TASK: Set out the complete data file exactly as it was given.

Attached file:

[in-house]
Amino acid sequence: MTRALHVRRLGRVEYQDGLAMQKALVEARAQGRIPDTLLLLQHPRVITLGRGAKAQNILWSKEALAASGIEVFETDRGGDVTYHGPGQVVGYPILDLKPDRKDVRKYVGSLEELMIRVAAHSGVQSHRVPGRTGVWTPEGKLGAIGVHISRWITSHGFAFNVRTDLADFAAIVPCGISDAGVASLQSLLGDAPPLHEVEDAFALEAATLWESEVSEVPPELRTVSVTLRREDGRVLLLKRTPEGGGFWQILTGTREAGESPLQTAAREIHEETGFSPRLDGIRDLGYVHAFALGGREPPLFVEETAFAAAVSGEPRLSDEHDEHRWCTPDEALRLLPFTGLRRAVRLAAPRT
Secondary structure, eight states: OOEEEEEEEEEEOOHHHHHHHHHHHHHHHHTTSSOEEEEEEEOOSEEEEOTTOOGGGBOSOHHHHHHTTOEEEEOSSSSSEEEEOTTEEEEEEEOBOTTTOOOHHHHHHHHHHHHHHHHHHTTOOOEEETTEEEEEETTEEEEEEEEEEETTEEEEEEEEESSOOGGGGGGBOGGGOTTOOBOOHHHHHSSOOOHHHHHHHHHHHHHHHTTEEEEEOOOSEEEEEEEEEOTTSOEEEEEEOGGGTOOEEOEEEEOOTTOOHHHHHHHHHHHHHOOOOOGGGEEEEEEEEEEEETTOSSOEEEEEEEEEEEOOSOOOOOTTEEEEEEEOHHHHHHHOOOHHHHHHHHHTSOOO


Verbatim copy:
[in-house]
Amino acid sequence: MTRALHVRRLGRVEYQDGLAMQKALVEARAQGRIPDTLLLLQHPRVITLGRGAKAQNILWSKEALAASGIEVFETDRGGDVTYHGPGQVVGYPILDLKPDRKDVRKYVGSLEELMIRVAAHSGVQSHRVPGRTGVWTPEGKLGAIGVHISRWITSHGFAFNVRTDLADFAAIVPCGISDAGVASLQSLLGDAPPLHEVEDAFALEAATLWESEVSEVPPELRTVSVTLRREDGRVLLLKRTPEGGGFWQILTGTREAGESPLQTAAREIHEETGFSPRLDGIRDLGYVHAFALGGREPPLFVEETAFAAAVSGEPRLSDEHDEHRWCTPDEALRLLPFTGLRRAVRLAAPRT
Secondary structure, eight states: OOEEEEEEEEEEOOHHHHHHHHHHHHHHHHTTSSOEEEEEEEOOSEEEEOTTOOGGGBOSOHHHHHHTTOEEEEOSSSSSEEEEOTTEEEEEEEOBOTTTOOOHHHHHHHHHHHHHHHHHHTTOOOEEETTEEEEEETTEEEEEEEEEEETTEEEEEEEEESSOOGGGGGGBOGGGOTTOOBOOHHHHHSSOOOHHHHHHHHHHHHHHHTTEEEEEOOOSEEEEEEEEEOTTSOEEEEEEOGGGTOOEEOEEEEOOTTOOHHHHHHHHHHHHHOOOOOGGGEEEEEEEEEEEETTOSSOEEEEEEEEEEEOOSOOOOOTTEEEEEEEOHHHHHHHOOOHHHHHHHHHTSOOO